Andrej Pejic for Nathan Paul SS12-13 Collection by Rodger Cummins
He’s Got the Look
by Janice Breen Burns (smh.com.au)
The boy from Broady Andrej Pejic knows it’s all just marketing but is happy to be used to promote tolerance along the way.
IT HAS been two crazy, momentous years since Bosnian-born Broadmeadows teen Andrej Pejic left his mother and set off to try his luck as a fashion model. Now he’s all of 20, and a bona fide global sensation.
Pejic is fashion’s most famous ”femiman”, its girly boy, an intriguing, at times enraging, controversy on two long, lovely legs.
Yesterday, the snake-hipped beauty with the ratty mass of pale girly curls, interrupted a rare visit home to pose in the grungy cool of Richmond’s Mexicali Rose restaurant for local swimsuit brand Nathan Paul.
”I’ve grown up a lot in these two years,” he confided. ”I’ve become more independent. I’ve expanded my horizons.” Between shots of boardshorts for boys and maillots cut high over the hip and skimpy for girls (he nonchalantly swapped from one to another and back again), he talked about his strange and fabulous life.
”I think I’m a reflection of a cultural phenomenon,” he said carefully. ‘‘It’s marketing, but there’s a plus: people use me to send a message of tolerance and to explore different types of beauty and self-expression.”
Pejic’s beautiful face is a confusing ingredient in campaigns by some of fashion’s most powerful global brands: Marc Jacobs, Raf Simons, Vogue magazines, even a global perfume campaign he shot recently for a launch in August.
His infamous appearance as a bride in a sheer, rippling goddess gown for Jean Paul Gaultier in Paris last year whipped up controversy.
But the Boy from Broady confused the masses even more cruelly when he appeared ”topless” on the cover of New York’s Dossier magazine. Stockists in the US demanded the magazine be sold in an opaque plastic sleeve, making Pejic possibly the first man in history to have his nipples censored.
”I wasn’t complaining, that got me a lot of press,” he says. ”But, an artistic image, even of a woman’s body, I don’t think should be censored.”
His mum, Jadranka, a former lawyer, now relief teacher, sits quietly nearby. She sees him so little these days, it’s enough just to be close while he’s working: ”I miss my baby,” she says.
Her insights into the remarkable young man now twisting and pouting for a photographer, his flat creamy belly exposed in a knotted Nathan Paul T-shirt and tight swim briefs, are refreshingly simple. ”Andrej was such a good kid, what every parent wants: quiet, a good student, homework on time …”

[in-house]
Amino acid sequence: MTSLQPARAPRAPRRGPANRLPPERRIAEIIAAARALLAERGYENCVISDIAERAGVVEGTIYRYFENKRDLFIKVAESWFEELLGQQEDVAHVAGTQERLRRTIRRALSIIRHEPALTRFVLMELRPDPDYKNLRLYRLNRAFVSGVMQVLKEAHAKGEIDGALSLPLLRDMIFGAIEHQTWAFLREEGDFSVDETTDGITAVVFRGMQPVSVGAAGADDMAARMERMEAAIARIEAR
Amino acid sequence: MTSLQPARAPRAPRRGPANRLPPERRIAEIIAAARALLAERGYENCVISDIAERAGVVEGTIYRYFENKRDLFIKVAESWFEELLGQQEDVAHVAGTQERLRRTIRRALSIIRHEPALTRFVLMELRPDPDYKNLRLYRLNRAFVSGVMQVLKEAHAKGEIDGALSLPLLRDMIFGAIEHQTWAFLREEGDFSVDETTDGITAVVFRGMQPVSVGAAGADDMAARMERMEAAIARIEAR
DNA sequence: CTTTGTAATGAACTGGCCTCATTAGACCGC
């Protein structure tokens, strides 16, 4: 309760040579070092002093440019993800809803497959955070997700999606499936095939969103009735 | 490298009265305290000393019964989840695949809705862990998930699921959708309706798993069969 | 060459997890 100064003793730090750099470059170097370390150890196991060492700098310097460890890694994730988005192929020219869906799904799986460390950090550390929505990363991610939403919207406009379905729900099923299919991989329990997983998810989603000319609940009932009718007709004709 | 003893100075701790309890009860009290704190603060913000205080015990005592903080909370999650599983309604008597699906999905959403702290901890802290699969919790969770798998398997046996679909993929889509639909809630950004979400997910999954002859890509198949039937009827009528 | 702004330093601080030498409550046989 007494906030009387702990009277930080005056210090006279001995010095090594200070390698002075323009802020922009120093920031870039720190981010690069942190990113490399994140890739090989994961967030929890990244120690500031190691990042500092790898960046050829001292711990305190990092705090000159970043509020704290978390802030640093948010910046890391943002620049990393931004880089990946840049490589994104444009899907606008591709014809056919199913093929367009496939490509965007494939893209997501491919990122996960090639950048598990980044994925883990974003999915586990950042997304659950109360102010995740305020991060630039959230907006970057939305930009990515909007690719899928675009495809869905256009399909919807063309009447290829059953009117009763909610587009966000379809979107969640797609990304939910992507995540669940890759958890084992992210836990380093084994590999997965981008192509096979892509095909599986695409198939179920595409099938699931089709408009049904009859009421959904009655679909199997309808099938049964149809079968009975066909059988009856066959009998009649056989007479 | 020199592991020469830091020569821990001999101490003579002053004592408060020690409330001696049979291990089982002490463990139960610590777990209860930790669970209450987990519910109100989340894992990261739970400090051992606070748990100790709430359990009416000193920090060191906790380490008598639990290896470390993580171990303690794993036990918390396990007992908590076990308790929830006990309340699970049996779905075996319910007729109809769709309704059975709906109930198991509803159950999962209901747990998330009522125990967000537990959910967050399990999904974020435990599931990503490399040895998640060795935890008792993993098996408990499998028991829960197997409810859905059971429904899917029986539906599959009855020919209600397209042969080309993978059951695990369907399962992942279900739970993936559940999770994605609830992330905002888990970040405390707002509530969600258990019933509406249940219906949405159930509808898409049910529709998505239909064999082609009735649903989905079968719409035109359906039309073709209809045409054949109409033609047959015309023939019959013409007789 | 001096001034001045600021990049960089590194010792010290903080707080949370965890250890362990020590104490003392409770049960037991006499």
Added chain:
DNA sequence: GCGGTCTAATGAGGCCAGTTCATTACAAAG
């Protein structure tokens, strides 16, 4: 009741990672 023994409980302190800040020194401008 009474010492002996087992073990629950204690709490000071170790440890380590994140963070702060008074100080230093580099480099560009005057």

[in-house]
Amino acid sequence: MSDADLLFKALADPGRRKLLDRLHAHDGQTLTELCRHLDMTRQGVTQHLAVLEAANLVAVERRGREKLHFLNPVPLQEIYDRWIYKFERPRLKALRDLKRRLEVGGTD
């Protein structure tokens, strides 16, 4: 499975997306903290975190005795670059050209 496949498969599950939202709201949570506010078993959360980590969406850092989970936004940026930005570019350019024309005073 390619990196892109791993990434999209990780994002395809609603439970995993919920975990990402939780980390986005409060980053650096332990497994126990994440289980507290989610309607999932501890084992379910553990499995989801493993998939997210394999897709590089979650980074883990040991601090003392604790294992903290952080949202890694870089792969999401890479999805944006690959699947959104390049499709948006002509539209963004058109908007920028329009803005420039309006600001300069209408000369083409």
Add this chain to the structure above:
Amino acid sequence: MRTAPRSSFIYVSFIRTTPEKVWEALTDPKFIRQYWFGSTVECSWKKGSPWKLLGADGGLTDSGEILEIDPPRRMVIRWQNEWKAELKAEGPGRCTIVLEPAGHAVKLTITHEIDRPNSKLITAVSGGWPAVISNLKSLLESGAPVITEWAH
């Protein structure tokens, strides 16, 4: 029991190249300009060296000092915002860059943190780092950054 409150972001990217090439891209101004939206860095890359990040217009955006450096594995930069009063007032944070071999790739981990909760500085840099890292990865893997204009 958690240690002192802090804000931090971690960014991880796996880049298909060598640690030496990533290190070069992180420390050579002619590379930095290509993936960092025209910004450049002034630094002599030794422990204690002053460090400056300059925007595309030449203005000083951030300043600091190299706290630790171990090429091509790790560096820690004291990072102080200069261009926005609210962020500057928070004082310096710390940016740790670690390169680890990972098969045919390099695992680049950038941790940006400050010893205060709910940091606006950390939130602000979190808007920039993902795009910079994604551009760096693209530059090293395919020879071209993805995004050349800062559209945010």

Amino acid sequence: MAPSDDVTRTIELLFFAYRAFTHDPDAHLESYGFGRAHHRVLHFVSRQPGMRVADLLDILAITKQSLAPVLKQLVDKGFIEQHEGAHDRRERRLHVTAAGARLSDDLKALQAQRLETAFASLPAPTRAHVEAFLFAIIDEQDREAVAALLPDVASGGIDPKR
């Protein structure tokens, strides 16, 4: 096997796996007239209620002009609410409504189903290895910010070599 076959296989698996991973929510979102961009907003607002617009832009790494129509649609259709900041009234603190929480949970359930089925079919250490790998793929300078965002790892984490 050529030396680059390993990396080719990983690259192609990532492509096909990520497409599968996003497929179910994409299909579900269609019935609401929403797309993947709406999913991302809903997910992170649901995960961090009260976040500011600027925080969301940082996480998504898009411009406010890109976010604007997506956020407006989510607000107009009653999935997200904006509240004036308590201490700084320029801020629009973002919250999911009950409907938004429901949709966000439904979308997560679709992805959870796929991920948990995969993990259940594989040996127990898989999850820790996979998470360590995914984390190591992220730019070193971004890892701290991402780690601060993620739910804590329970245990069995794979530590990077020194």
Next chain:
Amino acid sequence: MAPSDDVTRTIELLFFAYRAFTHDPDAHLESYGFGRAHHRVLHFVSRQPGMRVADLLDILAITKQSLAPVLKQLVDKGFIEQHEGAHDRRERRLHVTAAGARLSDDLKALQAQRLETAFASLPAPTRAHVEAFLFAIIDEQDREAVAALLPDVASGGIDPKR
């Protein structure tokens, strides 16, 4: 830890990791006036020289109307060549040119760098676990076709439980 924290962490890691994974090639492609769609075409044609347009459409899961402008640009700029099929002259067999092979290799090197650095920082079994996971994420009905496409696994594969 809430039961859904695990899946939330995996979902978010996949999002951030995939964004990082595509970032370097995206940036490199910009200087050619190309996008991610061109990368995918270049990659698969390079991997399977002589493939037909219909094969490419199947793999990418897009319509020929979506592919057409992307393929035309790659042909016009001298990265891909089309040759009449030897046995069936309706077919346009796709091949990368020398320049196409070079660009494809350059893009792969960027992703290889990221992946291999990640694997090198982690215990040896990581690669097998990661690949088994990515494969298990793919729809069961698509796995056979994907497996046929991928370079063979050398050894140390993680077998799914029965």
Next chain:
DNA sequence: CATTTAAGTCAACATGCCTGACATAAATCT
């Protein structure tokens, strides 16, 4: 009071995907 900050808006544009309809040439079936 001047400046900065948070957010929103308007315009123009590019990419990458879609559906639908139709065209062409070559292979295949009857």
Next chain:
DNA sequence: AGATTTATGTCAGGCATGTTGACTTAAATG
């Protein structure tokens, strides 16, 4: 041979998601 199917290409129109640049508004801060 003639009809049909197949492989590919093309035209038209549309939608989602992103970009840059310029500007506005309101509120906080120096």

The Pejics migrated to Australia from a Bosnian Serb refugee camp when Andrej was eight, and his brother Igor, 10. While he learned English and acclimatised to life at Broadmeadows West primary, his mother remembers Andrej was shy and kept his predilection for dolls and girly things to himself.
”I did try to be more boyish,” he remembers. ”I tried to play sport, talk less.” There was little or no bullying at school. ”I was happy. I was in a loving home, allowed to do all the girly things I wanted.”
His mother remembers a kind of epiphany when her son shifted from Broadmeadows to University High School. There his feminine side was not only tolerated but celebrated.
”All of a sudden, Andrej exploded!” Mrs Pejic hoots at the memory. ”Andrej wanted pink hair, Andrej wanted makeup, Andrej wanted to go out …” Pejic remembers it, too: ”I said ‘f—- it’, and started expressing the way I felt. I got more friends if anything, became more popular. I think people are more attracted to you when you’re confident, more yourself. You shine more and people want to touch the light.”
Pejic says his loneliness and homesickness is subsiding. ”In this industry it’s easy to meet people,” he says. ”Now I have a lot of friends: models, make-up artists, designers.”
Fashion is also notorious for sycophants and fakes. He has ways of weeding these out of his peer group. ”There are a lot of inflated egos,” he laughs. ”But, if you become like that then that’s the sort of people you attract. I’m still very approachable. I want to have all kinds of people in my life, not just the cool fashion crowd.”